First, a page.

Caffeine-hit out of the equation, I kept moving – also had a mind to sidetrack to a temple between here and Nong Khai. This stretch of road was much busier compared to day one – being late afternoon rather than mid-morning may have mattered. It is best avoided I discovered, and can be circuited by taking an inland loop from Nong Khai (as outlined in day one).

Among the motorbikes were too many vehicles on a narrow road that wasn’t built to accommodate them. One car overtaking those of us on two wheels travelling too slow for his liking had another car pull out in front of him and when he swerved to avoid it he ran up the back of a motorbike with a food-stall sidecar, catapulting the driver vertically into the air and on his back onto the road, where he remained motionless.

I stopped behind the car trying to remember long-ago first aid lessons should they be needed. The victim was more on his side than his back, and there was no blood evident. It seemed like ages, but was probably only seconds by the time he came-to. Other drivers that had stopped were approaching by this. The one responsible wasn’t particularly sympathetic – that may have been defensiveness – not wanting to take blame and/or lose face.

I guessed the worst the motorbike rider had was a broken bone/s, and a wrecked food bike, meaning a loss of income. Bad enough, but there was little I could do except complicate things, so, I continued on, hoping he received compensation and proper treatment (a Thai later suggested he would’ve been looked after – there’s a form of third party insurance, at least).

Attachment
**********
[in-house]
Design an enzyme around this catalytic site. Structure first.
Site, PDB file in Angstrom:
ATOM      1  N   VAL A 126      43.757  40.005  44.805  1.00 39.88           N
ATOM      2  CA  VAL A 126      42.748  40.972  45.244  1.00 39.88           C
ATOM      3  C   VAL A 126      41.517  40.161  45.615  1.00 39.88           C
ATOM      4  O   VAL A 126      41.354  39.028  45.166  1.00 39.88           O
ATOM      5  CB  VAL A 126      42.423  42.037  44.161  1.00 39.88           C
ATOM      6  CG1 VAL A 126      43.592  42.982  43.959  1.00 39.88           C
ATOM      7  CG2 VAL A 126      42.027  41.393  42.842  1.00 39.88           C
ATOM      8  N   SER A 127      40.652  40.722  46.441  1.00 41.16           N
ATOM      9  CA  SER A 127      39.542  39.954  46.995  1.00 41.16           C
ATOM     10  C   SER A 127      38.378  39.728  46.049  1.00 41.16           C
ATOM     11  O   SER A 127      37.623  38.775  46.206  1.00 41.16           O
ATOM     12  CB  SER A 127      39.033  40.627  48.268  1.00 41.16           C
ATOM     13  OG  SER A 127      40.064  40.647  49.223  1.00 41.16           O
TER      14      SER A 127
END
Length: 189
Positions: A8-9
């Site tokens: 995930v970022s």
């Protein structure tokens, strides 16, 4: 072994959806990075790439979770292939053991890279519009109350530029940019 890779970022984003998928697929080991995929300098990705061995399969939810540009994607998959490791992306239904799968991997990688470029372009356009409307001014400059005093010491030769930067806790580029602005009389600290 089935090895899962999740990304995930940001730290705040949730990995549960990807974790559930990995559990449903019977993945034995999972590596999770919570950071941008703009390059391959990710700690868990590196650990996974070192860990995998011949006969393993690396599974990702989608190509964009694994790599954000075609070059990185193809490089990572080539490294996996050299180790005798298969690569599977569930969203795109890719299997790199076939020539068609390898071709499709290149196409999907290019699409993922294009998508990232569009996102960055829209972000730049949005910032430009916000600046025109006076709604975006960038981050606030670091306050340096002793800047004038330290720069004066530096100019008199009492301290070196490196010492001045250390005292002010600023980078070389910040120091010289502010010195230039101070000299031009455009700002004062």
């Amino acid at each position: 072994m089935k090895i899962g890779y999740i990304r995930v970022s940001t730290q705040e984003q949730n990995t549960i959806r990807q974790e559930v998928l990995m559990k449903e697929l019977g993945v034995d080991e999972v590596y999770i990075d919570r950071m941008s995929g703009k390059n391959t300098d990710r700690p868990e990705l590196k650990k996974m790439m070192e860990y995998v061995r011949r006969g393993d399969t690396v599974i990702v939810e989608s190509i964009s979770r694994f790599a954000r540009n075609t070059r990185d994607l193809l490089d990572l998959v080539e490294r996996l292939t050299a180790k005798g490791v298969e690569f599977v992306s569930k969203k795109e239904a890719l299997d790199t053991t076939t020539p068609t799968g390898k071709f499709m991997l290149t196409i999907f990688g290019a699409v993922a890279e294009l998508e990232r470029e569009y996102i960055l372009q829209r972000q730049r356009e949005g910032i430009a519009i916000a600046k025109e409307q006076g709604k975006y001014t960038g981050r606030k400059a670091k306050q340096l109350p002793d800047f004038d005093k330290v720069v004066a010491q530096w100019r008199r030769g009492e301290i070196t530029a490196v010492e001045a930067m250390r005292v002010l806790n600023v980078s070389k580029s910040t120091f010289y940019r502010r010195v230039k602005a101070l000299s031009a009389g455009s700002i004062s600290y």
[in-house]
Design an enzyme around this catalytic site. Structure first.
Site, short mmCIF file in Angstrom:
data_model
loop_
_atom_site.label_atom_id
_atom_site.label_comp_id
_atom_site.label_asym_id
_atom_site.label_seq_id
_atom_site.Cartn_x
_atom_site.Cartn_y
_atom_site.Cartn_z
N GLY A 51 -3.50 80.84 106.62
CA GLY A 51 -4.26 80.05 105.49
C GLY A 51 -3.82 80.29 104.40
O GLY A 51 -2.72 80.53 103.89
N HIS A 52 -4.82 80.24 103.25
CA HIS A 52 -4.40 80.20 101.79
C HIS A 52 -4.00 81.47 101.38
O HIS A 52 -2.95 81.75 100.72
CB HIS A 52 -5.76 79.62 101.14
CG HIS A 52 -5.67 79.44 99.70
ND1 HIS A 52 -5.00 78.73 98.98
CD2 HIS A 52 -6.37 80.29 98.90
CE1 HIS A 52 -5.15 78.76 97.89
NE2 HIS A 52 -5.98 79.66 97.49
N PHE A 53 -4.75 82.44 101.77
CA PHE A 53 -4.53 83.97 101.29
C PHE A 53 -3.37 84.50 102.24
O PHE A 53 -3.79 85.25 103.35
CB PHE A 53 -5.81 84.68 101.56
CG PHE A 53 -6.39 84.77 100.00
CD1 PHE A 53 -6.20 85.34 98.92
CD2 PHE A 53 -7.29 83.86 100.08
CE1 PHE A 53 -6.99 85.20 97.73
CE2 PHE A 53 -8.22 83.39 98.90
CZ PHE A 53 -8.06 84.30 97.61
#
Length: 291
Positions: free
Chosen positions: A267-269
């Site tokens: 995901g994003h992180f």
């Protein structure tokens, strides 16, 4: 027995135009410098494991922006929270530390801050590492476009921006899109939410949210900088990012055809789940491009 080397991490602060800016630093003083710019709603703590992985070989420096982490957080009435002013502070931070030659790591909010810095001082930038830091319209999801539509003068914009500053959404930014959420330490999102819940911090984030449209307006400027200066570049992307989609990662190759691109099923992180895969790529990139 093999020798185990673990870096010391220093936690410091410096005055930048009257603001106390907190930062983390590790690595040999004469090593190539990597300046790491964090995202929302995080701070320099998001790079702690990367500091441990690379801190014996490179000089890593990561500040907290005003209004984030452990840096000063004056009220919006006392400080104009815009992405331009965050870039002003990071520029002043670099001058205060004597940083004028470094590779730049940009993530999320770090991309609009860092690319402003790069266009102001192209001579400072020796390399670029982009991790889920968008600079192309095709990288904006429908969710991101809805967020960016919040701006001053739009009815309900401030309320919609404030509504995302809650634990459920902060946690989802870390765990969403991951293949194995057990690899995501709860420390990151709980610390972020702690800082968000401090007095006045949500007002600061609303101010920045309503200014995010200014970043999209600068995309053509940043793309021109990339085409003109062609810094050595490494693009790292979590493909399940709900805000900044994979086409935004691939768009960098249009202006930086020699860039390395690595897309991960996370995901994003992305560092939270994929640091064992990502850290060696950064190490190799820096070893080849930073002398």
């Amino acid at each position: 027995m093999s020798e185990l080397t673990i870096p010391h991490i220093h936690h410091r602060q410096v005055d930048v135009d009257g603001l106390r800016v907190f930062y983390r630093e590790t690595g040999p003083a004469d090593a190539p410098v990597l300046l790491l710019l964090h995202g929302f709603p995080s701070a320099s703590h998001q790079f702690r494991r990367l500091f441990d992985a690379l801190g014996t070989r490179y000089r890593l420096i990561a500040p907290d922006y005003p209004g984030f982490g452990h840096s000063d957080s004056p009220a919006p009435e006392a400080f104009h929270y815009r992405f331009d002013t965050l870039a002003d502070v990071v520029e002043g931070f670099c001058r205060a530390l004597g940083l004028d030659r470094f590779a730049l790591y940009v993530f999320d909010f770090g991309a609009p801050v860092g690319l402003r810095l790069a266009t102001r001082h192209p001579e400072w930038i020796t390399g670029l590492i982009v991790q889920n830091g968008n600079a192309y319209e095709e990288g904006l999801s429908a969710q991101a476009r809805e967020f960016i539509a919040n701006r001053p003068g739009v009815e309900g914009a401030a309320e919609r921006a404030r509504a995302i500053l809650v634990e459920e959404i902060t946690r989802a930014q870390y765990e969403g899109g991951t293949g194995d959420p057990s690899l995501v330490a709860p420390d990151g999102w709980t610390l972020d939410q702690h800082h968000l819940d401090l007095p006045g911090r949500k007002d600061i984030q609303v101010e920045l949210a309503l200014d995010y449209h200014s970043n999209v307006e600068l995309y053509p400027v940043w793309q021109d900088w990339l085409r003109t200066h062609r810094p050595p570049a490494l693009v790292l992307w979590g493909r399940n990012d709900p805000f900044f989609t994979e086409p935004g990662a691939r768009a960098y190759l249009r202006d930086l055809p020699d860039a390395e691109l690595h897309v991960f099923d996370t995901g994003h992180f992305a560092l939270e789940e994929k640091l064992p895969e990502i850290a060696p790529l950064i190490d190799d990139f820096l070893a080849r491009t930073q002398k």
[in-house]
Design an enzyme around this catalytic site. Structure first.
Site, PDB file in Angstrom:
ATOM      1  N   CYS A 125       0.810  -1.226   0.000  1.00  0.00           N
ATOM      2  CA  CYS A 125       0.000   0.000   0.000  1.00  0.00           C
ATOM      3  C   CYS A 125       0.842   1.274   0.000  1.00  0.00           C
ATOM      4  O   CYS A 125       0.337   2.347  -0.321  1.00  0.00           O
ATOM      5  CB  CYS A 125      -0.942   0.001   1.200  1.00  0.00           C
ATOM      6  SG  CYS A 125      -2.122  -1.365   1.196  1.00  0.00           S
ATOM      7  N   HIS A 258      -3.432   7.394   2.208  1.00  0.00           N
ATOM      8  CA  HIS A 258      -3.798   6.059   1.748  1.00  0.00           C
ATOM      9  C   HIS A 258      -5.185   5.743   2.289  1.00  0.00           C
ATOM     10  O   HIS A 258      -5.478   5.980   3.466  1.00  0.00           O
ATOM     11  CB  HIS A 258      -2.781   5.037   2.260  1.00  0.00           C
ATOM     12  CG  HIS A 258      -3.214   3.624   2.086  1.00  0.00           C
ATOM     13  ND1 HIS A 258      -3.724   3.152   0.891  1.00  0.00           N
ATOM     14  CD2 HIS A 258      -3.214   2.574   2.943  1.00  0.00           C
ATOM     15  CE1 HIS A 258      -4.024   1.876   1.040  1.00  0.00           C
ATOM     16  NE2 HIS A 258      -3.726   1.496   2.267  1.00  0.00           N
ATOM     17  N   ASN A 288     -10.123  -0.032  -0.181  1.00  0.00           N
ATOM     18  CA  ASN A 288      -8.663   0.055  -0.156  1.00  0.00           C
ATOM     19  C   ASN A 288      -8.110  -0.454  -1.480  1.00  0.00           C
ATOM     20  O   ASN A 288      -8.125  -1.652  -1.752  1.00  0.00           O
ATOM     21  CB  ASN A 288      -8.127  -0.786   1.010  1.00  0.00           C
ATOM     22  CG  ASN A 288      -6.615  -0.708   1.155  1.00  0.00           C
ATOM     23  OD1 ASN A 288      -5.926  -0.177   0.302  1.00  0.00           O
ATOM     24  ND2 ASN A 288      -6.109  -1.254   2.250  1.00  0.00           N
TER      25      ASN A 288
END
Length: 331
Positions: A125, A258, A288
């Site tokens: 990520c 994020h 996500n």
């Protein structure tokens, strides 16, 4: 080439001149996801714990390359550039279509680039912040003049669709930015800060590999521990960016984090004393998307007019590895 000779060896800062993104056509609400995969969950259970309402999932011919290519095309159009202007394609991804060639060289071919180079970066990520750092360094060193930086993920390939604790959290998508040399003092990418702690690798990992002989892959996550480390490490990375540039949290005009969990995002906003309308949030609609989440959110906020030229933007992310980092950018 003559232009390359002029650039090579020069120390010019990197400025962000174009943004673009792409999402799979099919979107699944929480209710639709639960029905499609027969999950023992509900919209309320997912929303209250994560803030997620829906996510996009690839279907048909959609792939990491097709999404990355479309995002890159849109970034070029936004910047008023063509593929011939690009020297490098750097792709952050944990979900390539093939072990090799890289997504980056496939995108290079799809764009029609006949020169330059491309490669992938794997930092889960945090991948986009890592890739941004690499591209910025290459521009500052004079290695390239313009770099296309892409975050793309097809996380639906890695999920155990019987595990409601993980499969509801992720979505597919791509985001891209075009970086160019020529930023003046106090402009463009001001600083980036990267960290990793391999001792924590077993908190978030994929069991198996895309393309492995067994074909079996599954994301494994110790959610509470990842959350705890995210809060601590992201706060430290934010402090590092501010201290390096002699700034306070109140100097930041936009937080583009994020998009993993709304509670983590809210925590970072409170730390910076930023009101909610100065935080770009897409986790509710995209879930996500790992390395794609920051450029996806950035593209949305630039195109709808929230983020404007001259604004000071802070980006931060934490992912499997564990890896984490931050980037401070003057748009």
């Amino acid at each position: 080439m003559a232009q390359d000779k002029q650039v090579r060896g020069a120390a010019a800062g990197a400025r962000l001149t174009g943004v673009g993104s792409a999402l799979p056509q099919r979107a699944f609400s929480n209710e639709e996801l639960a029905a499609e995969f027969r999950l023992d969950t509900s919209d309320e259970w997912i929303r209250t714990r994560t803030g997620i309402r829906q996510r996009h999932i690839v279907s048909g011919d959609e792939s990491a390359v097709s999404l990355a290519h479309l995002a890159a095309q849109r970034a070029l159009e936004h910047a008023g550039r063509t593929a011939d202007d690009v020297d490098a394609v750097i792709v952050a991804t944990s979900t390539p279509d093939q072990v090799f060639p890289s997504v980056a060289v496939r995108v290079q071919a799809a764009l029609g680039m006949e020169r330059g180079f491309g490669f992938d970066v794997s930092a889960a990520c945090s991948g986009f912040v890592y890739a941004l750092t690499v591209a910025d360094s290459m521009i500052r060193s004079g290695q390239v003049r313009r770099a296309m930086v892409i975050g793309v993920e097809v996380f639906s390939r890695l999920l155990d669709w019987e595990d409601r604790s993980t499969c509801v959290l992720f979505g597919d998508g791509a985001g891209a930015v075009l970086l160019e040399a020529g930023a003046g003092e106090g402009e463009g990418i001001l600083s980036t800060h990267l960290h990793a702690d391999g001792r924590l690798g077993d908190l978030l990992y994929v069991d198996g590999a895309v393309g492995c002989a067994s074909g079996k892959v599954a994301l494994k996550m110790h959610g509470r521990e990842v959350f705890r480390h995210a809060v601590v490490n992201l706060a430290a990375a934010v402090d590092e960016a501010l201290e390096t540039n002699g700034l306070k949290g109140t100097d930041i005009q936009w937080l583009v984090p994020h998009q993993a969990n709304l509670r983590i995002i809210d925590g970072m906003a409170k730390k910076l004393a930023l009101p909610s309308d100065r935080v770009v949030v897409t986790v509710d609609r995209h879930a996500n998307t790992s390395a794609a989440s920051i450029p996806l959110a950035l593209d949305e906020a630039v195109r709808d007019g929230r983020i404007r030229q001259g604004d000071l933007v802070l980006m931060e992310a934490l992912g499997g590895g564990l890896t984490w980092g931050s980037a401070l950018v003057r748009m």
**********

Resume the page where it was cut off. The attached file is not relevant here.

A short distance further on, I encountered a truck that had just lost its load, so perhaps it was fortuitous the previous accident delayed my progress. Someone involved stood beside the strewn cargo and waved as I rode past, friendly, nonchalant as if to say “this is Thailand, mai bpen rai”.

I never saw a sign indicating the aforementioned temple I contemplated detouring for – not that I looked hard – this road, at this time, required full attention.

At last, Nong Khai – I stopped for coffee at a place called Camera. Good brew.

I encountered Kettel that night, at a restaurant – Dee Dee. We had met in Sangkhom and rode motorbikes out to see some caves. I had recommended Dee Dee (after reading about in Lonely Planet myself), though I didn’t expect to see him. He was enjoying the food. My meal wasn’t quite as sensational as the one before I left Nong Khai – but I appreciated a rest from the chillies – or at least my stomach did.

We made plans to catch up later for a beer, but I was delayed checking out bus timetables and he’d gone by the time I arrived. So, I went to a bar near my guesthouse. It was busy and noisy and birthday celebrations were going on. A girl paraded with baht notes stapled to her dress. I had one beer and left, and not just because of a long day in the saddle. After a leisurely week in paradise, I wasn’t ready for a return to purgatory


Kettel went south-east from here along the Mekong – in an email he said it wasn’t as interesting as the upstream route Chiang Khan, but it was okay. I did it on another trip – it is busier and not as serene, but there are sights to see and some spectacular scenery. I went to Wat Phu Tok and Nakhon Phanom.

I have since returned to Sangkhom, even a few weeks later; by bus.

OVERVIEW: the route from Nong Khai to Chiang Khan is a scenic part of Thailand less visited by foreign tourists, and well worth doing, whether by bus, motorbike or even a bicycle. A motorbike gives you mobility and convenience (though with a rental deadline). Bouy Guesthouse also has them for hire. The bus requires a change and detour inland from Pak Chom, but that isn’t a major obstacle. Cycling is also great option, especially once you pass the busier, early stretch from Nong Khai to Si Chiangmai.